WikiLeaks founder Assange’s extradition to U.S. approved by UK

WikiLeaks founder Assange’s extradition to U.S. approved by UK

LONDON - Julian Assange's extradition to the United States was approved Friday by the British government, a crucial step towards the WikiLeaks founder facing trial on espionage charges.

The extradition order for Assange was signed by the U.K. Home Office, giving him 14 days to appeal the decision.

The founder of WikiLeaks has been fighting a long legal battle to avoid being sent to the US to face trial on 18 charges, including breaking espionage laws. He has spent the past three years in London's Belmarsh prison, waiting to find out whether he will be extradited.

The U.K. courts have not found that it would be unfair, unjust or an abuse of process to extradite Mr Assange, the Home Office said. They did not find that extradition would be incompatible with his human rights. After a British court ruling in April that he could be sent to the U.S., a decision on whether to extradite Assange had been anticipated by British Home Secretary Priti Patel.

The founder of WikiLeaks denied any wrongdoing in connection with the release of thousands of secret U.S. files in 2010. Assange, 50, could face up to 175 years in prison if convicted.

On Friday, his family pledged to keep fighting for him.

Today is not the end of the fight. According to The Associated Press, it is only the beginning of a new legal battle, said Assange's wife Stella.

She said the decision of the U.K. government was a dark day for press freedom and British democracy. Julian did nothing wrong, she said. He has not committed a crime and is not a criminal. He is a journalist and a publisher, and he is being punished for doing his job. Washington won an appeal over Assange's extradition in a British court last December, with the court ruling that a previous decision against handing Assange over to the U.S. might have been different, given the assurances that he would not be held under highly restrictive conditions if he was extradited.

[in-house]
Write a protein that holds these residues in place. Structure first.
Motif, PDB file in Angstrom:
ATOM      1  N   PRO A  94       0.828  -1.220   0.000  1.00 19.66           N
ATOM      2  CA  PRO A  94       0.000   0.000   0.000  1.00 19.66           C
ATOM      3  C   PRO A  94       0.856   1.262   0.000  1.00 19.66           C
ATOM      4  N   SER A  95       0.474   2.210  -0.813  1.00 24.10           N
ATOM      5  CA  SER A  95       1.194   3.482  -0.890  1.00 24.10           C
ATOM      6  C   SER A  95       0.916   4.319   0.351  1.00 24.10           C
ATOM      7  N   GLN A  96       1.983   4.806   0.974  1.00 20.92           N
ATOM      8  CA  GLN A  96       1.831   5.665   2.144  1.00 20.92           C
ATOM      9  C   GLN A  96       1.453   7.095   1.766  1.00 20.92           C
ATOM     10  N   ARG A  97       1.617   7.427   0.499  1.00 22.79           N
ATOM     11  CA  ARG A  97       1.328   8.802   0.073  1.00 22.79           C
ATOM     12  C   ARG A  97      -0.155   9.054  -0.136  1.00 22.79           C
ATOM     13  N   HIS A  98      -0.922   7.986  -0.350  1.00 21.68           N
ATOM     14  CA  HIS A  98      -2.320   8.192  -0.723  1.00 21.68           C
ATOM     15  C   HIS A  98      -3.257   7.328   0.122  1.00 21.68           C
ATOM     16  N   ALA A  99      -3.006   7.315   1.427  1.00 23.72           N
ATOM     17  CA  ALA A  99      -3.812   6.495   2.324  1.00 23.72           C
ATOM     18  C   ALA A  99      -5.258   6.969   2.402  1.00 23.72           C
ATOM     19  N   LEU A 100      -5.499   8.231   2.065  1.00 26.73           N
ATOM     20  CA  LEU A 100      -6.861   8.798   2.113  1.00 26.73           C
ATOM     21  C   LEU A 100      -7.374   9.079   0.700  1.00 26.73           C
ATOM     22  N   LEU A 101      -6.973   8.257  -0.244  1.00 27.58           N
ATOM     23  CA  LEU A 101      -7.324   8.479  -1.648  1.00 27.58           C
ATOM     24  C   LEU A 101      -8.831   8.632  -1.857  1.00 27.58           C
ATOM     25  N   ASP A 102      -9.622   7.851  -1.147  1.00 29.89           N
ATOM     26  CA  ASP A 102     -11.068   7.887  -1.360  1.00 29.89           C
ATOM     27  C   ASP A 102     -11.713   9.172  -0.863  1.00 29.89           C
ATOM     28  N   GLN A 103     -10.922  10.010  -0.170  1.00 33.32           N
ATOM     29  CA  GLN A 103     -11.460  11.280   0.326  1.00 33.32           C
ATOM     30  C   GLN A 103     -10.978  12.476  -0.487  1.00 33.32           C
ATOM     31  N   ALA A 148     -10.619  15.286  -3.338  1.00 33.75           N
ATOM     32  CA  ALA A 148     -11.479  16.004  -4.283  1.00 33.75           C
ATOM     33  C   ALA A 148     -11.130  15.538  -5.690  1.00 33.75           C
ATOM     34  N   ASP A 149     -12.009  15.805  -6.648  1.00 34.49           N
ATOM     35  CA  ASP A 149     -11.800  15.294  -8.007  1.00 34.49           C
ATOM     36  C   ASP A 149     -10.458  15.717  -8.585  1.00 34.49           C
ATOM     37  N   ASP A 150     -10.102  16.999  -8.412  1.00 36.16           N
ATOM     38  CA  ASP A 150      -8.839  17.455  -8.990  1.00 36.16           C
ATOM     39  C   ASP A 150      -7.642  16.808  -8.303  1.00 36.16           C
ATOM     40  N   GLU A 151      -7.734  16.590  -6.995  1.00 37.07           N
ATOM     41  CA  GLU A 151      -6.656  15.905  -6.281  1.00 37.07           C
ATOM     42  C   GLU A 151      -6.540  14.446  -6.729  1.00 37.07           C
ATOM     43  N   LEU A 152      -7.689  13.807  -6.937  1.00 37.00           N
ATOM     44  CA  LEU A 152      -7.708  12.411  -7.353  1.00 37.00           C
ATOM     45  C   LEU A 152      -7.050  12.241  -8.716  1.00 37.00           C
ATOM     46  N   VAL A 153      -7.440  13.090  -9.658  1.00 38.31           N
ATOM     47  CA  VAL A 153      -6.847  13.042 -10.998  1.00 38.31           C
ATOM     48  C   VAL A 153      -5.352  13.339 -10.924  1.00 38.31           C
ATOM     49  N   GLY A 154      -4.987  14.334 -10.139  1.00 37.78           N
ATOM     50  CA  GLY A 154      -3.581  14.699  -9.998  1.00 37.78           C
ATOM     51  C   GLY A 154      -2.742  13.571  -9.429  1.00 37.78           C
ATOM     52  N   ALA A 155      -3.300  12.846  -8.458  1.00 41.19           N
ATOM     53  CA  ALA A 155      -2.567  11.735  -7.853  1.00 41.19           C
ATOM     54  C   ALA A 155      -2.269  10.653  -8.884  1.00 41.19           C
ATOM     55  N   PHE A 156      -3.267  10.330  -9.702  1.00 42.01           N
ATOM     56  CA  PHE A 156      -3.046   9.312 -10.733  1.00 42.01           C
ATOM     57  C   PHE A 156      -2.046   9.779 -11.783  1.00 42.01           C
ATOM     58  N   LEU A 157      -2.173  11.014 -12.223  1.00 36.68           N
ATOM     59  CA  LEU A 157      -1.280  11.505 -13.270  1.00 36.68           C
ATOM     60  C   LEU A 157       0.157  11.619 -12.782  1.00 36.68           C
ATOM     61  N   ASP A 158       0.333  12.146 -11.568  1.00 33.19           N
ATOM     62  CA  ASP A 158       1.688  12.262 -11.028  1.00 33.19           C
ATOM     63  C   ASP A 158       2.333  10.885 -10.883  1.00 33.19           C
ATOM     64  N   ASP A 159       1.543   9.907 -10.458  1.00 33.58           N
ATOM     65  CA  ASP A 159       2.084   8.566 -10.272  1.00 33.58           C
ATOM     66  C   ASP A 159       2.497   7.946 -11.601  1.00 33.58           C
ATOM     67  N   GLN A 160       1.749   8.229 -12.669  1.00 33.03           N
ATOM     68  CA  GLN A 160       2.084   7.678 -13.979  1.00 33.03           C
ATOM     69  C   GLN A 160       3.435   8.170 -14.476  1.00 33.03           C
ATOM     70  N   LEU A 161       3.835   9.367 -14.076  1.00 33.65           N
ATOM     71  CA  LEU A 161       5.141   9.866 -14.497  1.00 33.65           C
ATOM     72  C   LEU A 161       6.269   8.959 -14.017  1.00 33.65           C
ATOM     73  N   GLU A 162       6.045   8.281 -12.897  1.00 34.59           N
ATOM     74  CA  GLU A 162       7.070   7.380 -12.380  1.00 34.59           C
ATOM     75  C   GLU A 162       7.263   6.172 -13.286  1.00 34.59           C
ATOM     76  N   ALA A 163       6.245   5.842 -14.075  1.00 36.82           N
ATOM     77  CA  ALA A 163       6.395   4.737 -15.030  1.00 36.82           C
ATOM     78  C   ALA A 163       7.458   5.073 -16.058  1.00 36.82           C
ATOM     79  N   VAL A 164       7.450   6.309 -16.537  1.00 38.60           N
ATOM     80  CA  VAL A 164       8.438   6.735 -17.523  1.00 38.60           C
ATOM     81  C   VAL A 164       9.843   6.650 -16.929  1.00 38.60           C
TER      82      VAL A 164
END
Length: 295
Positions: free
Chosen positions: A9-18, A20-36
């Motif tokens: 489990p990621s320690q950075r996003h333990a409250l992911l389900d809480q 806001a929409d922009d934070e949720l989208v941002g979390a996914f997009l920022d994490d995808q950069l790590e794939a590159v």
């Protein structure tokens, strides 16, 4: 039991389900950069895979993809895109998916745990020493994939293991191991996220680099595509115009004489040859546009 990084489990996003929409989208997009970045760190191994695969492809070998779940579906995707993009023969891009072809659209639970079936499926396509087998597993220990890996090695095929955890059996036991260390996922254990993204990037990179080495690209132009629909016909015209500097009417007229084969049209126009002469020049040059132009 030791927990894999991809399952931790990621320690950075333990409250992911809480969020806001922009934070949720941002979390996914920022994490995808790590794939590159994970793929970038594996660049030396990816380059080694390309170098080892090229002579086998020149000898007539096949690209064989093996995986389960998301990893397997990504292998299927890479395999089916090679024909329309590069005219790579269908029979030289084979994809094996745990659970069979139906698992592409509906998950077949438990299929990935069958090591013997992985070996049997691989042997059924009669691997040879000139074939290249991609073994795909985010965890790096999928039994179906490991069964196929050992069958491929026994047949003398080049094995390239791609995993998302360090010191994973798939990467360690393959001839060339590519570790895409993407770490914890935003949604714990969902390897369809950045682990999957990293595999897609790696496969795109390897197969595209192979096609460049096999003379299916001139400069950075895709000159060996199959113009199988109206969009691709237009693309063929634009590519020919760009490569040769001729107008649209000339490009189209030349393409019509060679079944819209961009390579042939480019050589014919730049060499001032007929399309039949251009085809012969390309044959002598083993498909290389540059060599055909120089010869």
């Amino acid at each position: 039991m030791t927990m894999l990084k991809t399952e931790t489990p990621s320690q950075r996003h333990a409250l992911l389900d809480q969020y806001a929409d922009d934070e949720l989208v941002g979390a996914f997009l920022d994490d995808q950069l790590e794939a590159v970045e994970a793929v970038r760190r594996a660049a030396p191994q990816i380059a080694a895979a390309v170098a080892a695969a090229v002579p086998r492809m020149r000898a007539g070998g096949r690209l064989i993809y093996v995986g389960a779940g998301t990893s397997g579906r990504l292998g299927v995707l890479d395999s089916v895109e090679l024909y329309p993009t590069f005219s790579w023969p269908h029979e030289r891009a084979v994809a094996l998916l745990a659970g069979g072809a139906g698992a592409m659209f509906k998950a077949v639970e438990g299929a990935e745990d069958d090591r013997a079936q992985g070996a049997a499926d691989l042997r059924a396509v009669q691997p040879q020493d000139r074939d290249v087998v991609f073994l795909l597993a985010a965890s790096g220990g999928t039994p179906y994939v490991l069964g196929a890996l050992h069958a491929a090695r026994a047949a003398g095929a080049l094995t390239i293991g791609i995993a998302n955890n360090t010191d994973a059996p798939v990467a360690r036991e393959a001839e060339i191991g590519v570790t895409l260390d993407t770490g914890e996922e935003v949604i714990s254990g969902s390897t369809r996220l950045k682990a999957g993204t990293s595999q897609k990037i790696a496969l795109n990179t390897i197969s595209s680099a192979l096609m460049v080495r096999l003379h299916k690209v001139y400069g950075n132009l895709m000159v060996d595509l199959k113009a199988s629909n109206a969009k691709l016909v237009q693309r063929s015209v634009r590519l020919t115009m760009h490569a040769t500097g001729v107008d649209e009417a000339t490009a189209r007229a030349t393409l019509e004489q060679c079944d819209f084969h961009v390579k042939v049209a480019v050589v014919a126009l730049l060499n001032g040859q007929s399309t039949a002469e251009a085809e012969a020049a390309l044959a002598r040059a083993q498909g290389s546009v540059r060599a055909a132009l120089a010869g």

His family and legal team have warned of his deteriorating mental health, which they have said will be put at greater risk if he is extradited to the U.S.

Prior to his time at Belmarsh, Assange had spent seven years living at the Ecuadorian Embassy in London in order to avoid extradition to Sweden over allegations of rape and sexual assault.

In an interview with NBC News in December, Assange's brother Gabriel Shipton said that his family feared Assange would not survive extradition to the U.S.

"We live in fear that Julian will not survive," Shipton said. He has been crushed and you can see the toll it has taken on him over the years. After a 2007 airstrike in Baghdad that resulted in the deaths of two Reuters journalists and others, Assange and WikiLeaks came under the international spotlight.

The video, which was released under the title Collateral Murder, sparked widespread anger among Americans about the wars in Iraq and Afghanistan.

In 2010 WikiLeaks gained more attention after publishing a trove of classified defense documents on the Iraq and Afghanistan wars, as well as on detainees at Guantanamo Bay, an act that U.S. officials said put lives at risk.

The Obama administration did not immediately indict Assange. Under former President Donald Trump, he was charged with violating the Espionage Act.

Chelsea Manning, a former Army member who had shared the intel with WikiLeaks, spent years behind bars after refusing to testify before a grand jury investigating Assange. She was released while the Obama administration was still in office.